Tudor Sumptuary Laws
Tudor Sumptuary Laws or
Statutes of Apparel
The Tudor Sumptuary Laws
and regulations called Statutes of Apparel were passed to
restrain or limit the expenditure of people in relation to
their clothes, food, furniture, etc. The Sumptuary Laws
forbade the use of certain articles of luxurious apparel and
graded ranks and classes and the various articles of
clothing prohibited to both. The Tudor Sumptuary Laws became
known as the Statutes of Apparel. Tudor Sumptuary Laws
dictated what color and type of
clothing individuals were allowed to own and wear, an easy and
immediate way to identify rank and privilege. Examples of the Tudor
Sumptuary Laws ensured that only Tudor Royalty were permitted to wear clothes trimmed with ermine.
Lesser Nobles were only allowed to wear clothing trimmed with fox and otter and
so on and so forth!
The Reason for Tudor Sumptuary
Laws or Statutes of Apparel
The reason for Tudor
Sumptuary Laws were to maintain maintaining control over the population.
During the reign of King Henry VIII a new and wealthy Merchant Class
arose. These wealthy men were looking above their station and could
afford to buy the luxurious goods previously only possible for the rich
Tudors. This new wealthy class of commoners needed to be kept separate
from the Upper Classes of the rich Tudor Nobility. King Henry VIII
therefore drafted a new series of laws concerning dress and personal
adornment - he updated the existing English "Sumptuary Laws". His
daughters Queen Mary I (Bloody Mary) and Queen Elizabeth I followed
Definition of Sumptuary Laws
The word 'sumptuary'
from the Latin word which means expenditure. Sumptuary Laws
were imposed by rulers to curb the expenditure of the people.
Sumptuary laws applied to food, drink, furniture, jewelry
and clothes. The Sumptuary Laws were used to control behaviour and
ensure that a specific class structure was maintained and
The idea and concept of Sumptuary Laws dated back to the Roman
The History of English Sumptuary Laws
English Sumptuary Laws
were well known by all of the English people, both rich and poor. The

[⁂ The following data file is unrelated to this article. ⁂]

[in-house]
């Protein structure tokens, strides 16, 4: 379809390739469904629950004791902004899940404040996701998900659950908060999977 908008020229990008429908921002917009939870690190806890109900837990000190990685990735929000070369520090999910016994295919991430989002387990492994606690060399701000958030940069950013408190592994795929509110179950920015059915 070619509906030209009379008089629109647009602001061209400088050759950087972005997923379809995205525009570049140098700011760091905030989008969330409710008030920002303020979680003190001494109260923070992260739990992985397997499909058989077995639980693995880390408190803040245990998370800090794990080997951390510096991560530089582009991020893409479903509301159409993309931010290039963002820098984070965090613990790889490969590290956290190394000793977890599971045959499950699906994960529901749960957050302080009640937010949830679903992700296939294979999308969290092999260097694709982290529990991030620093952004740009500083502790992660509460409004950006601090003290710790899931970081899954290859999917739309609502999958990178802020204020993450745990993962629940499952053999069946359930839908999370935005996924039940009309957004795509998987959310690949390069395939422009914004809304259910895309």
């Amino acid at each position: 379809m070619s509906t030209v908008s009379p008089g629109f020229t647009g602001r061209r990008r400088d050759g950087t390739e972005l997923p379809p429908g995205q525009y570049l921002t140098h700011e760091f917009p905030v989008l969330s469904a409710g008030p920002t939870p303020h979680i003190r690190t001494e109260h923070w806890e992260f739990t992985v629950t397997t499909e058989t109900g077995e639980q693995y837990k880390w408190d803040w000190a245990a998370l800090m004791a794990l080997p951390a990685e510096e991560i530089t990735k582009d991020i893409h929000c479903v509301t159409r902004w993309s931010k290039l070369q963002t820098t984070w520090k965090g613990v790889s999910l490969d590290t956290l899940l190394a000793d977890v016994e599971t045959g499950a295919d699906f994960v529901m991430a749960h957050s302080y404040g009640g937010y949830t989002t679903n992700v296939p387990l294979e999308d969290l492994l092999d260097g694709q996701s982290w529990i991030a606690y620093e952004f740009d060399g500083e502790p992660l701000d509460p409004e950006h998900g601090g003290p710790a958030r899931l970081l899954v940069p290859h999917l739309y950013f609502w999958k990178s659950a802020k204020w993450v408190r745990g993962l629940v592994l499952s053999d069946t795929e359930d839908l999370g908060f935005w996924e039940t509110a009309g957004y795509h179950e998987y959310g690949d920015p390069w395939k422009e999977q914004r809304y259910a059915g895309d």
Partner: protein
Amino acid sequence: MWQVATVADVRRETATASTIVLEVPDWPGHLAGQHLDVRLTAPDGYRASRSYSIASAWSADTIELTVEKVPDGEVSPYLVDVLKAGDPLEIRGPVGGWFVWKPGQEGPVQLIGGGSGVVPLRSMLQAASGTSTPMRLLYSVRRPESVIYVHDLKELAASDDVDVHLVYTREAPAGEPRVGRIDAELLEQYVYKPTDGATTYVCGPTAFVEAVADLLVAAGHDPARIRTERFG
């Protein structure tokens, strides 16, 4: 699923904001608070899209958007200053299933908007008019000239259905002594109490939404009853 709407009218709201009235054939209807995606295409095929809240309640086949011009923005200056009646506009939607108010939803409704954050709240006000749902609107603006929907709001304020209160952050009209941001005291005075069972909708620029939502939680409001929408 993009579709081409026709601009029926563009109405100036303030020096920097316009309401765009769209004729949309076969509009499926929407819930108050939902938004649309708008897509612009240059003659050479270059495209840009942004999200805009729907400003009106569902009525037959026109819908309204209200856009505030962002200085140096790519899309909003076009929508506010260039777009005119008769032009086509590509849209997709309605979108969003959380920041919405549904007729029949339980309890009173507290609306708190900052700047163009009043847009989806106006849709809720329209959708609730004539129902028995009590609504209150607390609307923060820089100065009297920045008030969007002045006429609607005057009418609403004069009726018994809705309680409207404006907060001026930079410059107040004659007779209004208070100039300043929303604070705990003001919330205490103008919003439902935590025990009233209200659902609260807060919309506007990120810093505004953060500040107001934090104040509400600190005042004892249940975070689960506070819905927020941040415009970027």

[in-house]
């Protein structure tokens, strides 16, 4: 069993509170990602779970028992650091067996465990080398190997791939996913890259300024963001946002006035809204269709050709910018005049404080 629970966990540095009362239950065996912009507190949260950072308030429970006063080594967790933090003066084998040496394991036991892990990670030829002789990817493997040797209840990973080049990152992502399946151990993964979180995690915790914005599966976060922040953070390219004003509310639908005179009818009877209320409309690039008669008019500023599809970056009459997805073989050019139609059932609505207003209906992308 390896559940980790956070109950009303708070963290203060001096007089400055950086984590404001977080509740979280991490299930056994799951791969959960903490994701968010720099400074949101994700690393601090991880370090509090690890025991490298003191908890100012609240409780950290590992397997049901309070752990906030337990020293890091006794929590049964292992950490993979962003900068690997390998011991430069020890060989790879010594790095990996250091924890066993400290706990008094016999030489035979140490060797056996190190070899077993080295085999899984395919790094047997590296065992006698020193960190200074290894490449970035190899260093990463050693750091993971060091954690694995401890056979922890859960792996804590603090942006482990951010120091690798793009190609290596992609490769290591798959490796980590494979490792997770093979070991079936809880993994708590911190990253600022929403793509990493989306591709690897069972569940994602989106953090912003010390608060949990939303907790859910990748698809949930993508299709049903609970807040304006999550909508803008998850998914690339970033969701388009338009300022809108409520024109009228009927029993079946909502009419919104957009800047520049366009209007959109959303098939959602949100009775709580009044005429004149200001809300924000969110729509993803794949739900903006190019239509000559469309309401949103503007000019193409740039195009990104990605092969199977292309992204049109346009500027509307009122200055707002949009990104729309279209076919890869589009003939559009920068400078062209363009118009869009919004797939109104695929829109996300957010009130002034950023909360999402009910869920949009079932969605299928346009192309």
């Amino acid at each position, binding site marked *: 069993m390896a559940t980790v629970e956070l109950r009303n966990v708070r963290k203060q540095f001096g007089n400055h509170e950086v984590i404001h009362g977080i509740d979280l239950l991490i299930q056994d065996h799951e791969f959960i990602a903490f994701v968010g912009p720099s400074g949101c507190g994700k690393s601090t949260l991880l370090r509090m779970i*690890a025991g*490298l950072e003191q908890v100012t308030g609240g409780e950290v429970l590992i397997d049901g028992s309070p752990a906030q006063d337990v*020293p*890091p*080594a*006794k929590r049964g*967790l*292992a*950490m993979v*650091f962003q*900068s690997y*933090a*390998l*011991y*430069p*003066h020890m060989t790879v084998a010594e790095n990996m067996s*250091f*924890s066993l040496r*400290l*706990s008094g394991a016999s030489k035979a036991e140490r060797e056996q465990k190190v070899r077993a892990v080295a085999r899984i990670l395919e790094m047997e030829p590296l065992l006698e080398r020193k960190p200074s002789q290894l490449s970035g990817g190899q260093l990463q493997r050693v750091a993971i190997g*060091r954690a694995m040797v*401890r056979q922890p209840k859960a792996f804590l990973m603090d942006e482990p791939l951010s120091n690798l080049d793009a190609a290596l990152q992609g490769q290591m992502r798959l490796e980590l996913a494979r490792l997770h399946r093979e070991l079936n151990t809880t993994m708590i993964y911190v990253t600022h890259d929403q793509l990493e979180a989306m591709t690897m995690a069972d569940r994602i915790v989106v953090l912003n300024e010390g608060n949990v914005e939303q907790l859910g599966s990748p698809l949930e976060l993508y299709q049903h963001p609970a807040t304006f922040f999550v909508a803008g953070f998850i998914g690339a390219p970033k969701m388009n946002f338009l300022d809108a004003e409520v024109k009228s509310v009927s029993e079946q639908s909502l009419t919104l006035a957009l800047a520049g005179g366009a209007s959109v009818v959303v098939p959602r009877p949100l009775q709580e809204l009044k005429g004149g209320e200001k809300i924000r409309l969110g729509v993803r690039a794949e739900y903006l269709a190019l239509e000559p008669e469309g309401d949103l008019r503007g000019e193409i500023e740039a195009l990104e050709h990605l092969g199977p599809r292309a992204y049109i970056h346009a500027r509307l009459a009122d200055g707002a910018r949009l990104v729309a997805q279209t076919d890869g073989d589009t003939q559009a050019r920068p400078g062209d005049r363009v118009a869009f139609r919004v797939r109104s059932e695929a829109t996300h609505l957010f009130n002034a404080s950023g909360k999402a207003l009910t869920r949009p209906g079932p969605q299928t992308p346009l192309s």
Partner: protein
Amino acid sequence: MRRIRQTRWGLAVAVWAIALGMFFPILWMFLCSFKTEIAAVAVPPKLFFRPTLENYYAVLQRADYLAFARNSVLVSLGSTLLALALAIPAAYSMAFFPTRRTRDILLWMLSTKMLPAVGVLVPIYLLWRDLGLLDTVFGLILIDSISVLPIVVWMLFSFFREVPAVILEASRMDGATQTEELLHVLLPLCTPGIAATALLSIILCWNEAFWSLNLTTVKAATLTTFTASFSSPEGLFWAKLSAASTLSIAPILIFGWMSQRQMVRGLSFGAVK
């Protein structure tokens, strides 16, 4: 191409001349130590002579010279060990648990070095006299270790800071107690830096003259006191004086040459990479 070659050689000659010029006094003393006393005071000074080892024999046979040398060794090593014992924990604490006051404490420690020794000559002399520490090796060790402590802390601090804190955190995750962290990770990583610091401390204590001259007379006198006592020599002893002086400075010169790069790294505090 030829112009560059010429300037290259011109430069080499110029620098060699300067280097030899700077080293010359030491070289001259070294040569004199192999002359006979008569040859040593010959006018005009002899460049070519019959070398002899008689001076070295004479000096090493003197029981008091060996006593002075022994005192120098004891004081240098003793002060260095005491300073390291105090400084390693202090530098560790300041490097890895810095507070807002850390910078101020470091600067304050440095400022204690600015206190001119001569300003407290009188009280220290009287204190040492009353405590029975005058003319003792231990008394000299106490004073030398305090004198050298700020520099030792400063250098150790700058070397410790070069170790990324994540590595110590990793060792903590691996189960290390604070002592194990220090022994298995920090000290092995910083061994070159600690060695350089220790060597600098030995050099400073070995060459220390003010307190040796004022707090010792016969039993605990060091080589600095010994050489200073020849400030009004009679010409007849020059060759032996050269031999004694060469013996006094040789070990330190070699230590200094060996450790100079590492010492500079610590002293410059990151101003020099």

first English Sumptuary Laws or Acts of Apparel had been
passed during the reign of Edward III provided the first
national sumptuary legislation on record. Statutes were
passed in the Parliaments of 1336, 1337, 1363, 1463 and
1483. The penalties for violating the English Sumptuary Laws
could be harsh - fines, the loss of property, title and even life. The
Middle Ages had been dominated by the Feudal system where
everyone knew their place. Clothes provided an immediate way
of distinguishing 'Who was Who' in the feudal pyramid of
power! However, the Medieval Feudal system broke down and
the ravages of the Black Death significantly reduced the
population. People and labour became valuable and even the
peasants, the poor people were paid. Opportunities to move
to cities became viable for poor people. Trade started to
flourish and the Merchant Class was born. Medieval clothes
provided information about the status of the person wearing
them. This was not just dictated by the wealth of the
person, it also reflected their social standing. The new
Merchants needed to be kept in their place.
Sumptuary Laws or Statutes of Apparel
In January 1510 the first parliament in the reign of King Henry VIII
passed a Sumptuary Law called 'An Act against wearing of costly
Apparel'. This law was closely based on the English Sumptuary Laws, or
Acts of Apparel, that had been passed in England in 1463 and 1483.
The 1510 Sumptuary law was amended and added to in 1514, 1515 and 1553.
Queen Mary 1 (Bloody Mary) passed a Sumptuary Law in 1554. Then on 15 June 1574 Queen Elizabeth I enforced
even more Sumptuary
Laws called the 'Statutes of Apparel'.
The words Queen Elizabeth used in the Sumptuary
Law or Statutes of Apparel proclamation include excess, superfluity, unnecessary foreign wares,
extremity, vain devices, wasting, abuses, decay of the wealth of the realm, the rigor of her laws, reform, offenses, commandeth
and punishment. These provide a quick insight into serious tone of the
Tudor Sumptuary Laws or Statutes of Apparel.
Tudor Sumptuary Laws or Statutes of
Each section of this Tudors website addresses all topics and provides interesting facts and information about Tudor Sumptuary Laws. The Sitemap provides full details of all of the information and
facts provided about the fascinating subject of the Tudors!